Replacing a broken single-glaze pane is messy and requires attention to detail, but with a bit of practice you can learn to install the glass safely and make smooth glazing lines. Your technique will depend on what kind of window pane you have. A wood frame takes more steps to repair but allows you to maintain the vintage character of your home. A vinyl frame is likely from a new home and is much easier to work with. Double-glazed windowpanes must be produced by a professional; you cannot cut them yourself.
In most cases it is best to have a local hardware store or glass specialist cut the glass for you. Unless the pane is very small, order double-thick glass; single-thick glass breaks easily. In a door, sidelight, or other high-traffic areas, order shatter-resistant glass. Be sure to wear thick gloves, long clothing, and protective eyewear when handling shattered glass. Tiny, nearly invisible splinters can cause injury. To seal the window, apply traditional glazing putty (also called glazing compound) with a putty knife. You can also buy glazing putty in a caulk tube, but applying with a knife creates a tighter bond and a smoother surface once you get the hang of it. For double-glazed panes, sealing tape usually needs to be replaced. Rubber gaskets can often be reused, but only if they are unbroken and have not dried and become brittle. Caulking needs to be scraped away and replaced. Wood molding can usually be reused, but you may replace it with new molding. We have tips for repairing and sealing the glass in all kinds of window frames below.
Usually you can replace glass while the sash is still in the frame, but it is easier to remove the frame first and work on a table. While wearing protective clothing, wiggle and pull out the shards of glass. You may need to tap the glass with a hammer to create a new break line first.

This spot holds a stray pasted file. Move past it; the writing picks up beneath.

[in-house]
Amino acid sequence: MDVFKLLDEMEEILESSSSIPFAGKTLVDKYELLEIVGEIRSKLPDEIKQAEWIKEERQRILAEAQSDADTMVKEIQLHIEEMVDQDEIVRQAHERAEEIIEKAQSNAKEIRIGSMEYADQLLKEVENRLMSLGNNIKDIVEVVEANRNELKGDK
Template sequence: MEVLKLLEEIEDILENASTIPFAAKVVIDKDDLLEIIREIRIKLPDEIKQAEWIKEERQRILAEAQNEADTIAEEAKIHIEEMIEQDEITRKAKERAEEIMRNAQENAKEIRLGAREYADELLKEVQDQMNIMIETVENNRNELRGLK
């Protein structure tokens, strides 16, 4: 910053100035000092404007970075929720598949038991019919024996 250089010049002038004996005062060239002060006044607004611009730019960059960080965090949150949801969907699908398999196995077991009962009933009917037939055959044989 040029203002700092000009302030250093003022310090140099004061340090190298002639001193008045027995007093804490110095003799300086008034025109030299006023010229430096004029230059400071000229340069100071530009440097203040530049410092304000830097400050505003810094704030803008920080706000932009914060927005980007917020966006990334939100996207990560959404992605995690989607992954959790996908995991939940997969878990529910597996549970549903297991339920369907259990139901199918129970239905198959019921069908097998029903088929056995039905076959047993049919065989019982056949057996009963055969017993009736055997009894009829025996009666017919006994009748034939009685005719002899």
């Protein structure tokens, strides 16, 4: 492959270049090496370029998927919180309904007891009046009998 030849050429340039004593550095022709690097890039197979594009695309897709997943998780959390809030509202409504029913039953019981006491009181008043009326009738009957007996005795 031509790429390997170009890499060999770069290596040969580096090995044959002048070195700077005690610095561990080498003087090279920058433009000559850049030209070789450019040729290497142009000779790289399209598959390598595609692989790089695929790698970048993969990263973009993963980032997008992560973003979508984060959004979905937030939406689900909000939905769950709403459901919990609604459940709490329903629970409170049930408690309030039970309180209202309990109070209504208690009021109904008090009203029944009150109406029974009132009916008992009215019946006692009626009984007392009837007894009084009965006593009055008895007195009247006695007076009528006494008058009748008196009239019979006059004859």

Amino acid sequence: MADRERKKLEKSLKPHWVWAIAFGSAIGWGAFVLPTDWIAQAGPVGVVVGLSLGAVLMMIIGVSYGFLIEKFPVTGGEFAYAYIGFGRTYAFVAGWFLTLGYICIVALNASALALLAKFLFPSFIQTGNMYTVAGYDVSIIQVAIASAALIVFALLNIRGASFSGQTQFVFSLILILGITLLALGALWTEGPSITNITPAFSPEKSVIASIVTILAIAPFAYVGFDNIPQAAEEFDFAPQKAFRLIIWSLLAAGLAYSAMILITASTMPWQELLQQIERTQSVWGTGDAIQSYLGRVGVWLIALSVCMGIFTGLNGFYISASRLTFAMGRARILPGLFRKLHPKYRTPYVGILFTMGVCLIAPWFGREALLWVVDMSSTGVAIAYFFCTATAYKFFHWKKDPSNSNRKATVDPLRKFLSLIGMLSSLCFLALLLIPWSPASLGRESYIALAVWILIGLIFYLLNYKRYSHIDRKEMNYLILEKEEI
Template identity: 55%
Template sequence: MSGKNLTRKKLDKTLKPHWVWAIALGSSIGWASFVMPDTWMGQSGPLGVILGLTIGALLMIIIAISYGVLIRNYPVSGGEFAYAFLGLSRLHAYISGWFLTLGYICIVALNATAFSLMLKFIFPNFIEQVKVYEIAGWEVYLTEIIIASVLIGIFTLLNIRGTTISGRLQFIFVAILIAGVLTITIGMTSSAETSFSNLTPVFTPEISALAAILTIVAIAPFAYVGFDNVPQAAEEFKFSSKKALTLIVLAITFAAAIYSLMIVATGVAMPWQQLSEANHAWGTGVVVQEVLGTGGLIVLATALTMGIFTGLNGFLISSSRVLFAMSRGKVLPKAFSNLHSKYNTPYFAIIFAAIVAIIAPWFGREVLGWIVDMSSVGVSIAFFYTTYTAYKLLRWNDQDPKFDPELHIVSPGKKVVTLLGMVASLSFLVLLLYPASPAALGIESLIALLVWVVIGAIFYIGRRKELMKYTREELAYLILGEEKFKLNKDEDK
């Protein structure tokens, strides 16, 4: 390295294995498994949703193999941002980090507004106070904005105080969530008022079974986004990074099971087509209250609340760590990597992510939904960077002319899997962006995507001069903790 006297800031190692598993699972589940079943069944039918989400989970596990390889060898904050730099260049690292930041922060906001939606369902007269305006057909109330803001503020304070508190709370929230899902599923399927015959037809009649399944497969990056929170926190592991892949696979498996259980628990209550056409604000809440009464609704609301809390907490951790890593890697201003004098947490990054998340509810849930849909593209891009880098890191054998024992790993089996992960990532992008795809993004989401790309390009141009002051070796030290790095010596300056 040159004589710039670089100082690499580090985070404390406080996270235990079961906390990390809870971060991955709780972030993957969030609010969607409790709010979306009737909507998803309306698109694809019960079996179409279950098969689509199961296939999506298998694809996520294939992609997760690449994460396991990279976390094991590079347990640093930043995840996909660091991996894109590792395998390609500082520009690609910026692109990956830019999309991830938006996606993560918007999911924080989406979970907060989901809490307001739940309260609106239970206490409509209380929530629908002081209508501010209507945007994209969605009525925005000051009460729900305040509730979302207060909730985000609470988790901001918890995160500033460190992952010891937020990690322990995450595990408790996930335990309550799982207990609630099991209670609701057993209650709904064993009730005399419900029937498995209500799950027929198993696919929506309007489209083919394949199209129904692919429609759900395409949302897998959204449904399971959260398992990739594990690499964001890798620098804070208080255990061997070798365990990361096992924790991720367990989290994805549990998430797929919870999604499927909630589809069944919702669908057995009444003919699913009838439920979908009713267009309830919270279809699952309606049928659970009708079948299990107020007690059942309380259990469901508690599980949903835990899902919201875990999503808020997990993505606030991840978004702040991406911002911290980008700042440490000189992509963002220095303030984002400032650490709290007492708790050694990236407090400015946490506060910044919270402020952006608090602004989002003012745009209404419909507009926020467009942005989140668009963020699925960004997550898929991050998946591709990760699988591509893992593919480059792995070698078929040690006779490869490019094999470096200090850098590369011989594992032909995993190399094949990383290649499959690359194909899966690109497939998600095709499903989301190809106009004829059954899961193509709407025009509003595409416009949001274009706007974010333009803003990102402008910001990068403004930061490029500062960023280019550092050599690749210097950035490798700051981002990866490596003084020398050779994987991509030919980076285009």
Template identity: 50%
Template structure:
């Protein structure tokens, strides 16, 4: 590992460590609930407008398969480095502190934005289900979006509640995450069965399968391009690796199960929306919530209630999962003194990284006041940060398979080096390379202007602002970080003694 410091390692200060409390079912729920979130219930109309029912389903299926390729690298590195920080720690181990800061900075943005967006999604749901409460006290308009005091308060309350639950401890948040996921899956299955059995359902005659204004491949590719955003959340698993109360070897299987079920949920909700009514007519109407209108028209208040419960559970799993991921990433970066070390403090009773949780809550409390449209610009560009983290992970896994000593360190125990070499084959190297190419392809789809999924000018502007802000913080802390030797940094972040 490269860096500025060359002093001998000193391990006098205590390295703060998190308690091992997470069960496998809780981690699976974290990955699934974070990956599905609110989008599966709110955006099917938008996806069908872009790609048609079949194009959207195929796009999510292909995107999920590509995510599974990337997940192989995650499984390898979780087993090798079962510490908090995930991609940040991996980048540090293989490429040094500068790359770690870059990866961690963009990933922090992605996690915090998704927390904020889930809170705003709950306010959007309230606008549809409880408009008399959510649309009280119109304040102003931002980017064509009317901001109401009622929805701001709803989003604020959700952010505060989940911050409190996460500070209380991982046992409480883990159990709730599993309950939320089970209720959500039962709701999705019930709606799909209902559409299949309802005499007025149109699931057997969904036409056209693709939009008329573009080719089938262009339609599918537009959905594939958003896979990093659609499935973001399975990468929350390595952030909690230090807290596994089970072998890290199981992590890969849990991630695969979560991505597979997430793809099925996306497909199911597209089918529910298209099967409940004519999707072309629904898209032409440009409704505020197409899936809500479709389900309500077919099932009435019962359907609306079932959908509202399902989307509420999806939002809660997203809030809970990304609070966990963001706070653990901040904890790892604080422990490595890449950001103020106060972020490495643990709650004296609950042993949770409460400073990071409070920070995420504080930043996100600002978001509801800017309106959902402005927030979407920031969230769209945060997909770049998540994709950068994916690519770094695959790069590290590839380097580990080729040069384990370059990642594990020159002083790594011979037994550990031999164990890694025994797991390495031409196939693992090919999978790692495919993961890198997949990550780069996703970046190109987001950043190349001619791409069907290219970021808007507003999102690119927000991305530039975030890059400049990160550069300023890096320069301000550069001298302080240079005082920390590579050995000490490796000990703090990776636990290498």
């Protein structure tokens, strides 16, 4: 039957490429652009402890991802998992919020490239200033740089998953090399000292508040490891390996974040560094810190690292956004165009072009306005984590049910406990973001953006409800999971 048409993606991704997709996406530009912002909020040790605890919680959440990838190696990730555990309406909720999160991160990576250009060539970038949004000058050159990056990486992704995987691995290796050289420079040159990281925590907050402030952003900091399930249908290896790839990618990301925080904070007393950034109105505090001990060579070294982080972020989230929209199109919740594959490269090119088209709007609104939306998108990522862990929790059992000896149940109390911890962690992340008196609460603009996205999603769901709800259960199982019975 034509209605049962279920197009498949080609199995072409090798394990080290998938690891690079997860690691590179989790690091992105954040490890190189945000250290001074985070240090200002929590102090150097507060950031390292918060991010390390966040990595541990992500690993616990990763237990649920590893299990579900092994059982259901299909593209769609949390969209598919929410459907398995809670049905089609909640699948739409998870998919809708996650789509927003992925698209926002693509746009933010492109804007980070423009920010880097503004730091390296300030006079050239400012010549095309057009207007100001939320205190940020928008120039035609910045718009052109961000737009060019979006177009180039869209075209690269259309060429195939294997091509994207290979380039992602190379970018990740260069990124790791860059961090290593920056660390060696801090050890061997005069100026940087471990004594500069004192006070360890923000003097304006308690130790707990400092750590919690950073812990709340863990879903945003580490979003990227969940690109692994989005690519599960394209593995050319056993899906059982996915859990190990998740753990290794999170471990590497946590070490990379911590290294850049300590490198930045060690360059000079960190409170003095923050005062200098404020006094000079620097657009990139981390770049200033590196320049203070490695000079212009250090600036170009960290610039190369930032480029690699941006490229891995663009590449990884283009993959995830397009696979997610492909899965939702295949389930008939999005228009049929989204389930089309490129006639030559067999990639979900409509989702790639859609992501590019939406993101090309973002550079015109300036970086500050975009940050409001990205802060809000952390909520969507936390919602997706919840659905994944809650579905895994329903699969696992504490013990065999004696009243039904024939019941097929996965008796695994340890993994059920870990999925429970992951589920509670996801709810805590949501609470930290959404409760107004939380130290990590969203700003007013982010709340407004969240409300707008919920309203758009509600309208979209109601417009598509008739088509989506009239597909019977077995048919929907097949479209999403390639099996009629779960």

If the glass does not easily pull out in pieces, apply a grid of duct tape to the pane. Use a heat gun and scraper or chisel to remove all the putty and points, and pull the pane out in one piece.
Take care to remove all pieces of glass, putty, and metal glazing points. You may need to use a pull-type paint scraper or an old chisel. If you use a hammer, tap gently. The grooves where the new window will go must be completely smooth. A heat gun can help soften the old putty.
Wire-brush the frame and vacuum or wipe with a slightly damp rag. Apply a coat of linseed oil to the rabbet; this helps the putty stick securely.
Carefully measure the height and width of the opening in at least two places. Order a piece of glass 1/8 inch shorter in each direction. Test-fit the pane before proceeding.
Roll a ball of glazing compound into a thin rope. Press it into the corner of the rabbet. Then use a putty knife to press it firmly into place, making a thin bed of putty for the glass to rest against.
Gently press the glass into the putty bed, checking that it lies flat against the rabbet in all places. Every 6 inches or so, press a glazing point into the wood; push only gently against the glass as you go.
Roll a rope of putty about 3/4 inch thick. Aim for a fairly uniform diameter, but it need not be perfect.
Press the rope against the glass and the frame, using your thumb. Using a rag to periodically apply linseed oil to a glazier's knife or putty knife, press again using swiping motions every inch or two.
Working in the same direction and holding the knife at the correct angle so the putty will not be visible inside, press firmly and draw the knife along the line to smooth the putty.
If the resulting putty has a series of slight ridges, smooth them by lightly wiping with your finger, working in the opposite direction as in step 9.
Use a putty knife or small flat pry bar to remove the vinyl stop. Work carefully, to avoid cracking the stop. Remove the glass and order a new piece to fit.
Test to see that the new pane will fit. Scrape away the old sealing tape and clean the surface with paint thinner. Cut pieces of sealing tape to fit precisely and press them into place on the rabbet. Just before installing the glass, spread a bead of silicone sealant onto the rabbet.
Carefully set the pane in place—you cannot adjust its position once it is set into the tape. Press the vinyl stop back into the frame to secure the glass.
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